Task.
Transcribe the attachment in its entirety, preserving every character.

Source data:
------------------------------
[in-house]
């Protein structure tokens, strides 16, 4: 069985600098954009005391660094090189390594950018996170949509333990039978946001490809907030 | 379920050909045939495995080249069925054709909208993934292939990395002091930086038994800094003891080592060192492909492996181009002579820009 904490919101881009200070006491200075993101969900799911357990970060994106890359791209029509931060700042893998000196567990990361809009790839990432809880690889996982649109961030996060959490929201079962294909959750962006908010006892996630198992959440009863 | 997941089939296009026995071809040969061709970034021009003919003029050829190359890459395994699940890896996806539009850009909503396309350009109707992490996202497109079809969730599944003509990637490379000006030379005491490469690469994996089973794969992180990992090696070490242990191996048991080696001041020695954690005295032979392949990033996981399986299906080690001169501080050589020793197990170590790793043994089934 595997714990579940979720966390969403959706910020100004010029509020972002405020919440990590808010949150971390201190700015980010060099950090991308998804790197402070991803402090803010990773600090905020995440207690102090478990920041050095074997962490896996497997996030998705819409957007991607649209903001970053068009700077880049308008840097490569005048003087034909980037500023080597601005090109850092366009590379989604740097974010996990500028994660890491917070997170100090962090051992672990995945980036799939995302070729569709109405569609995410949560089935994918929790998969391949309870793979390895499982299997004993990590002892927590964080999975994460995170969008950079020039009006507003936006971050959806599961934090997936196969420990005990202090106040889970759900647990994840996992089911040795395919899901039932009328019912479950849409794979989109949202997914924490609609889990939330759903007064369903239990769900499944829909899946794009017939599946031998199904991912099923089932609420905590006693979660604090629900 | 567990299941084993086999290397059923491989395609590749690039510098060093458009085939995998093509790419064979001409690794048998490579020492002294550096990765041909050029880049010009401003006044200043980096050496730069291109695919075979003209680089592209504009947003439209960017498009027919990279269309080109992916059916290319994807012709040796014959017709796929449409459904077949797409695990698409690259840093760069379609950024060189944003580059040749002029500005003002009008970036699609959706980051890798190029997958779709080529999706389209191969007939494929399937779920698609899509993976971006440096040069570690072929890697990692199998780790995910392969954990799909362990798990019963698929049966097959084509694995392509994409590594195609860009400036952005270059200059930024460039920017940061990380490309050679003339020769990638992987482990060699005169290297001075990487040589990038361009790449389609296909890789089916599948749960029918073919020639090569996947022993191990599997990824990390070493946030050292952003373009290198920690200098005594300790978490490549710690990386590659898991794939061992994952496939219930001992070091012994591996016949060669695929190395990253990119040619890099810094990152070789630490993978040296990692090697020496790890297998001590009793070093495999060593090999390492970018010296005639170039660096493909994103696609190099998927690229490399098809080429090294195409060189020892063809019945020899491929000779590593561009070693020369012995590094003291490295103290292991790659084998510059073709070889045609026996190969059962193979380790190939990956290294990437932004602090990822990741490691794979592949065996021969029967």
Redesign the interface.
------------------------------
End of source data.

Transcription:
[in-house]
């Protein structure tokens, strides 16, 4: 069985600098954009005391660094090189390594950018996170949509333990039978946001490809907030 | 379920050909045939495995080249069925054709909208993934292939990395002091930086038994800094003891080592060192492909492996181009002579820009 904490919101881009200070006491200075993101969900799911357990970060994106890359791209029509931060700042893998000196567990990361809009790839990432809880690889996982649109961030996060959490929201079962294909959750962006908010006892996630198992959440009863 | 997941089939296009026995071809040969061709970034021009003919003029050829190359890459395994699940890896996806539009850009909503396309350009109707992490996202497109079809969730599944003509990637490379000006030379005491490469690469994996089973794969992180990992090696070490242990191996048991080696001041020695954690005295032979392949990033996981399986299906080690001169501080050589020793197990170590790793043994089934 595997714990579940979720966390969403959706910020100004010029509020972002405020919440990590808010949150971390201190700015980010060099950090991308998804790197402070991803402090803010990773600090905020995440207690102090478990920041050095074997962490896996497997996030998705819409957007991607649209903001970053068009700077880049308008840097490569005048003087034909980037500023080597601005090109850092366009590379989604740097974010996990500028994660890491917070997170100090962090051992672990995945980036799939995302070729569709109405569609995410949560089935994918929790998969391949309870793979390895499982299997004993990590002892927590964080999975994460995170969008950079020039009006507003936006971050959806599961934090997936196969420990005990202090106040889970759900647990994840996992089911040795395919899901039932009328019912479950849409794979989109949202997914924490609609889990939330759903007064369903239990769900499944829909899946794009017939599946031998199904991912099923089932609420905590006693979660604090629900 | 567990299941084993086999290397059923491989395609590749690039510098060093458009085939995998093509790419064979001409690794048998490579020492002294550096990765041909050029880049010009401003006044200043980096050496730069291109695919075979003209680089592209504009947003439209960017498009027919990279269309080109992916059916290319994807012709040796014959017709796929449409459904077949797409695990698409690259840093760069379609950024060189944003580059040749002029500005003002009008970036699609959706980051890798190029997958779709080529999706389209191969007939494929399937779920698609899509993976971006440096040069570690072929890697990692199998780790995910392969954990799909362990798990019963698929049966097959084509694995392509994409590594195609860009400036952005270059200059930024460039920017940061990380490309050679003339020769990638992987482990060699005169290297001075990487040589990038361009790449389609296909890789089916599948749960029918073919020639090569996947022993191990599997990824990390070493946030050292952003373009290198920690200098005594300790978490490549710690990386590659898991794939061992994952496939219930001992070091012994591996016949060669695929190395990253990119040619890099810094990152070789630490993978040296990692090697020496790890297998001590009793070093495999060593090999390492970018010296005639170039660096493909994103696609190099998927690229490399098809080429090294195409060189020892063809019945020899491929000779590593561009070693020369012995590094003291490295103290292991790659084998510059073709070889045609026996190969059962193979380790190939990956290294990437932004602090990822990741490691794979592949065996021969029967």
Redesign the interface.